Then & Now - February 2020

Then & Now - February 2020


First production from three deepwater wells in the GOM Nansen field off the world’s first truss spar featuring an open truss structure is reported by operating partners Kerr-McGee and Ocean Energy. (Remember them?) Johnnie Burton, a bureaucrat from Wyoming, is named director of the US Minerals Management Service. (Can you recall another notable Wyoming bureaucrat that later took a formidable position in the oil industry? See History Quiz.)

Light, sweet crude: $19.96/bbl

Natural gas: $2.13/MMbtu


Pirates operating in the Gulf of Aden hijack the MV Longchamp, a German tanker bound from Europe to the Far East with a cargo of LPG. Warships from the US, UK, France, Germany, China and South Korea are ordered to the region.

Small, independent oil companies, including Kosmos and Tullow, jump on the Western Africa oil rush by drilling deepwater Cretaceous sands off Ghana that may extend from Benin westward to Sierra Leone.

Light, sweet crude: $64.32/bbl

Natural gas: $3.72/MMbtu


Sierra Club and Public Justice file what is called a “fracking lawsuit” against three independent producers in Western Oklahoma in response to increased Sooner State seismic activity.

The BP Energy Outlook forecasts fossil fuels to be the dominant global fossil fuel through 2035, with demand for natural gas rising at 1.8 percent per year and demand for oil rising at 0.9 percent per year.

Light, sweet crude: $33.00/bbl

Natural gas: $1.95/MMbtu


This month, McCarthy endures a series of make- or-break meetings with his creditors.

All through the early months of 1950, McCarthy endured a series of difficult meetings with his creditors in Houston and New York. When Metropolitan ordered a new estimate of McCarthy’s oil and gas reserves, it was stunned to find they were down by almost two-thirds in several key fields. While McCarthy blamed the drop on foreign oil, Metropolitan’s engineers deduced that the greatest damage to the reserves had been administered by McCarthy himself. In his rush to raise cash, he had pumped so much natural gas so quickly that well pressures could not be maintained, rendering wells less productive, and in some cases, no longer productive at all. Auditors uncovered telltale hints of financial chicanery. Wells had been completed and put on McCarthy’s books when it was doubtful they would ever produce commercial quantities of oil or gas. The lesser wells – whether weak from the start or crippled by McCarthy’s haste – had been abandoned in droves without his telling the creditors.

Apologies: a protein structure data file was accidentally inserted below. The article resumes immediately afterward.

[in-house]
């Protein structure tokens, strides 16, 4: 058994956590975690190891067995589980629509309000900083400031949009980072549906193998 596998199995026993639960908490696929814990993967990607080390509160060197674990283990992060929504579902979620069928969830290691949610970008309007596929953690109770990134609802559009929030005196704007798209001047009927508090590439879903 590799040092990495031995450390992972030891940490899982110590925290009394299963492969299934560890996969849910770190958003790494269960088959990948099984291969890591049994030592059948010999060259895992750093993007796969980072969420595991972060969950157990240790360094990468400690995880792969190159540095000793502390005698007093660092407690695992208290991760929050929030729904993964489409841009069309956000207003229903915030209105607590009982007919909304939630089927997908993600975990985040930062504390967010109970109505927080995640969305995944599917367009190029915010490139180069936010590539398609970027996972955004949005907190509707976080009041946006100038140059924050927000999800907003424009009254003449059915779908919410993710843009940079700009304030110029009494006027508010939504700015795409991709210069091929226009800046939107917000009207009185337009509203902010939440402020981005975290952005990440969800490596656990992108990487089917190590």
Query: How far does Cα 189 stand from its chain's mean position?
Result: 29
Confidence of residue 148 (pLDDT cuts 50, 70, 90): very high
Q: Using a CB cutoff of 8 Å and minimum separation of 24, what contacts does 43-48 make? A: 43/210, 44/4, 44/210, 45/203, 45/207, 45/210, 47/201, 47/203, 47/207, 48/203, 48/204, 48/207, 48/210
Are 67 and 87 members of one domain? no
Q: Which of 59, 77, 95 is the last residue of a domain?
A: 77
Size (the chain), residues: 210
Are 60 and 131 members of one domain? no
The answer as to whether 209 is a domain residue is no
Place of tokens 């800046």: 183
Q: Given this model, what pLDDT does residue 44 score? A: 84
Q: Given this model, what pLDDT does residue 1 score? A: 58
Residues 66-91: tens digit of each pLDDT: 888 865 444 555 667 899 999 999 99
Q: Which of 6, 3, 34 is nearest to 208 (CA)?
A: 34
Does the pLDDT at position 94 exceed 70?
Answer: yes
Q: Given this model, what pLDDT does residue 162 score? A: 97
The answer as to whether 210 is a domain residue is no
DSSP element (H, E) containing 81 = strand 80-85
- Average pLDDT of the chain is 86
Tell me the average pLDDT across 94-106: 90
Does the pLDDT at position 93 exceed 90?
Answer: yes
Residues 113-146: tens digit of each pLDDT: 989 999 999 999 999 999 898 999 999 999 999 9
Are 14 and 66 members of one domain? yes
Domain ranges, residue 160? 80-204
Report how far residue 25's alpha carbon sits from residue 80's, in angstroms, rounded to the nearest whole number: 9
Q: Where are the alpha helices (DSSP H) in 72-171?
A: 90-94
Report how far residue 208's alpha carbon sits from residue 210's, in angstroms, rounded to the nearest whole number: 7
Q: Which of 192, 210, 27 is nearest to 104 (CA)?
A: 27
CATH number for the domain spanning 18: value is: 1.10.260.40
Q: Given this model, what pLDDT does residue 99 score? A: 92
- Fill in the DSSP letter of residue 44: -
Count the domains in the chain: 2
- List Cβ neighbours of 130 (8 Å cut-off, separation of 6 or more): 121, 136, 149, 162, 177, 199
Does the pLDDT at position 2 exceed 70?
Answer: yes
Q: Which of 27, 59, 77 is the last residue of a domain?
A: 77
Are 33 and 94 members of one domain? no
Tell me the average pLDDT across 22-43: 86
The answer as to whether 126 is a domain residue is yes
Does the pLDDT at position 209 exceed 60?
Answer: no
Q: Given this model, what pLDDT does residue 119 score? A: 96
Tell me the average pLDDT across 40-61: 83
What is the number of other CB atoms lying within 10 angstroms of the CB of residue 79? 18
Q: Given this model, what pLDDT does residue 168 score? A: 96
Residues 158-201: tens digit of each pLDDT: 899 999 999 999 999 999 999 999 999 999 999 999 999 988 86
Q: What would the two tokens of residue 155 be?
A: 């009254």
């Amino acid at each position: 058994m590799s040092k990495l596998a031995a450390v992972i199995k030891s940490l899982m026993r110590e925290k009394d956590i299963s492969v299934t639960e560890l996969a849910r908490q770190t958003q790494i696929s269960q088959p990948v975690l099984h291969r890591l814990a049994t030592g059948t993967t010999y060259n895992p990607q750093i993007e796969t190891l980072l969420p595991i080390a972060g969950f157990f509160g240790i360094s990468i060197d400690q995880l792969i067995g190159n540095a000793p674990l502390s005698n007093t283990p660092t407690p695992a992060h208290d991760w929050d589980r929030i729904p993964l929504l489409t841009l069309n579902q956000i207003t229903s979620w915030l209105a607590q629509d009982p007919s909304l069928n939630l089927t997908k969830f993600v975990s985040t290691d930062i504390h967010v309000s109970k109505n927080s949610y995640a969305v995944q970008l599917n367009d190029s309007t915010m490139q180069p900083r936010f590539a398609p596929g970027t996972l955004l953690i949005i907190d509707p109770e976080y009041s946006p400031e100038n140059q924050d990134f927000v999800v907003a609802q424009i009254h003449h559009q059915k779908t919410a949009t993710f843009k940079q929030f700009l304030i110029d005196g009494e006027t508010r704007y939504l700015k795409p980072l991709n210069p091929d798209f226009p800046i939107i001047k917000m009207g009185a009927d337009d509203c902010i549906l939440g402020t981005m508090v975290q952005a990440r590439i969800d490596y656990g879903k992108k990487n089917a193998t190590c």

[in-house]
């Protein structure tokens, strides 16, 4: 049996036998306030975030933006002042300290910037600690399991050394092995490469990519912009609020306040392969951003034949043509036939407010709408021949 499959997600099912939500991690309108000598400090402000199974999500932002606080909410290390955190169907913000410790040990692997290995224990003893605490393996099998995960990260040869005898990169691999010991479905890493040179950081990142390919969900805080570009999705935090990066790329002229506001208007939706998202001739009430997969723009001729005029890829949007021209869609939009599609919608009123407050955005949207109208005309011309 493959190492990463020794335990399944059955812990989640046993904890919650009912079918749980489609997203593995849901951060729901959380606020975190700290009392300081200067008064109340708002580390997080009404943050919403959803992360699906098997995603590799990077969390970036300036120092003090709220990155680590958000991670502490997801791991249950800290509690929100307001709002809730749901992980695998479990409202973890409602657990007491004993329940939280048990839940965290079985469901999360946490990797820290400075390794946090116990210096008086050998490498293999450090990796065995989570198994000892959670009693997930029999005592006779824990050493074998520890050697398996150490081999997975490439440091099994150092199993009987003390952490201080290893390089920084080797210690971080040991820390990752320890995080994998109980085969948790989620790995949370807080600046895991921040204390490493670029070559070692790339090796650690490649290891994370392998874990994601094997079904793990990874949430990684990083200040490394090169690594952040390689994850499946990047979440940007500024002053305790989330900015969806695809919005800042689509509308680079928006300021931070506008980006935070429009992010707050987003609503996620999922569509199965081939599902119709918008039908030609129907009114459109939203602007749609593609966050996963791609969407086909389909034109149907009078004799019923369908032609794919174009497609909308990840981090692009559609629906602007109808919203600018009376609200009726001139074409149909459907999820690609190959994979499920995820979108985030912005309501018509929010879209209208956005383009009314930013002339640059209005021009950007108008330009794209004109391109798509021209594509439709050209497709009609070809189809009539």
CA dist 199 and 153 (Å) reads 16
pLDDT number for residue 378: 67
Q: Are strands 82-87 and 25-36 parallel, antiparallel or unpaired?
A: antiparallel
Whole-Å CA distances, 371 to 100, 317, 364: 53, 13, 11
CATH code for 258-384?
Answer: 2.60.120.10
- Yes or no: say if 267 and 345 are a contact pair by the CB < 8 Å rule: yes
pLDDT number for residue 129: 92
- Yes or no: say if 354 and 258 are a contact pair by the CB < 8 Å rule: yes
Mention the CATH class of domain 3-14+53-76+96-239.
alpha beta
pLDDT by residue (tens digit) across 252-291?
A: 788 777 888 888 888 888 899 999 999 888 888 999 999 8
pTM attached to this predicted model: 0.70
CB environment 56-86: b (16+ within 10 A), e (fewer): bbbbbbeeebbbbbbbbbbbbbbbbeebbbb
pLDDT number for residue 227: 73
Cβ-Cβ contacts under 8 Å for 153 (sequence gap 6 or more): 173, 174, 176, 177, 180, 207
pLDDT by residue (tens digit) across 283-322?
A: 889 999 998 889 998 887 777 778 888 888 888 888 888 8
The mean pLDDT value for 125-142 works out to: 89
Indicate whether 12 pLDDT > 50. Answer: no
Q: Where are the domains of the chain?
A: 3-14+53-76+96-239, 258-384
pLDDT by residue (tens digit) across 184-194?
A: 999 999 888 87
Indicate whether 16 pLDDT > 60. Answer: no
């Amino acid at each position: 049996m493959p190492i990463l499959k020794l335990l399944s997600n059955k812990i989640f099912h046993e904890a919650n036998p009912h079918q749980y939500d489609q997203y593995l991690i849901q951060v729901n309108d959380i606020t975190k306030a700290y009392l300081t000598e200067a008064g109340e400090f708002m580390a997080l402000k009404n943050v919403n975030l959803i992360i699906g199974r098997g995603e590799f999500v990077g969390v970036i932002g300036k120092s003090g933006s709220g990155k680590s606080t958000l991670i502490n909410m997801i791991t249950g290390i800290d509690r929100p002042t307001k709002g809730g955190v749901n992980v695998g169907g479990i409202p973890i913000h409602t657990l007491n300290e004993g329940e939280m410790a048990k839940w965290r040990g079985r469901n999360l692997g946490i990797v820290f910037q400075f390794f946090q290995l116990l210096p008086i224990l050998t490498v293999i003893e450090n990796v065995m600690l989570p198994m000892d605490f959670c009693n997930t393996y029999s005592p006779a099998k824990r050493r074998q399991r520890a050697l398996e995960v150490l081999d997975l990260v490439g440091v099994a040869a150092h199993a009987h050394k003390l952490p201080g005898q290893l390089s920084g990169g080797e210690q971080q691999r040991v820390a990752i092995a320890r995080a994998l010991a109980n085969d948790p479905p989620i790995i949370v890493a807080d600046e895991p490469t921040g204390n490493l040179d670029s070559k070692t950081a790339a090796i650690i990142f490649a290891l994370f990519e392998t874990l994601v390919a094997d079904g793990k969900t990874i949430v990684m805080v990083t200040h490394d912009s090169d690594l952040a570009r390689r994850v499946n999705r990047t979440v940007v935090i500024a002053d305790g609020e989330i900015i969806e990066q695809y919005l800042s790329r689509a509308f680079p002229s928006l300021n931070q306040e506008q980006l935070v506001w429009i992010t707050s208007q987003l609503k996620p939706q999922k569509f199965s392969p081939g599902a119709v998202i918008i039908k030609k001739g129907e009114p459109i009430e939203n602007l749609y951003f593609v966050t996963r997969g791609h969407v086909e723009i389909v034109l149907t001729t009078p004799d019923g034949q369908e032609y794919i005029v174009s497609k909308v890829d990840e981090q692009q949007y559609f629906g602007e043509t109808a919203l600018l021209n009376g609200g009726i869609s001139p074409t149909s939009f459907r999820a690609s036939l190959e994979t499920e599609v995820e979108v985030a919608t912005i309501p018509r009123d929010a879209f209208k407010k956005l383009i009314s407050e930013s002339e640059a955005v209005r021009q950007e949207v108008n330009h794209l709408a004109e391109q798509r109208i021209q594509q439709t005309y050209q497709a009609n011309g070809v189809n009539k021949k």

Behind closed doors, executives at Equitable and Metropolitan Life pondered whether to foreclose. They ultimately decided against it, fearing the public relations nightmare of crippling a Texas legend, and at the same time, realizing that the Shamrock, if run properly, might yet turn a profit. In May 1950, McCarthy hammered out a deal in which Metropolitan ponied up an additional $6 million in cash in exchange for liens on his New Ulm field. Equitable, however, was out of patience, and its board decided the only way to bring McCarthy’s spending under control was to take control itself – gradually and in private, so as not to antagonize McCarthy or those in Texas who regarded him as a hero. Months of secret meetings culminated in a signed agreement in which McCarthy reluctantly ceded complete control over his oil fields to Equitable for 10 years, as well as the Shamrock and just about everything else he owned. McCarthy would still run things, but under the watchful eye of a comptroller Equitable brought in to oversee his finances.

Next month, the deal quickly falls apart, and McCarthy is ousted as president of his companies.


What notable Wyoming bureaucrat later took a formidable position in the oil industry?

If you would like to participate in this month’s quiz, e-mail your answer to by noon, February 15.

The winner, who will be chosen randomly from all correct answers, will receive a $50 restaurant gift card, courtesy of the ProTechnics Division of Core Laboratories. 


Perestroika was the term used by the Soviets to describe the political movement for reformation within the Communist Party of the Soviet Union in the 1980s. 


Walt Laflin with NOV Downhole Engineering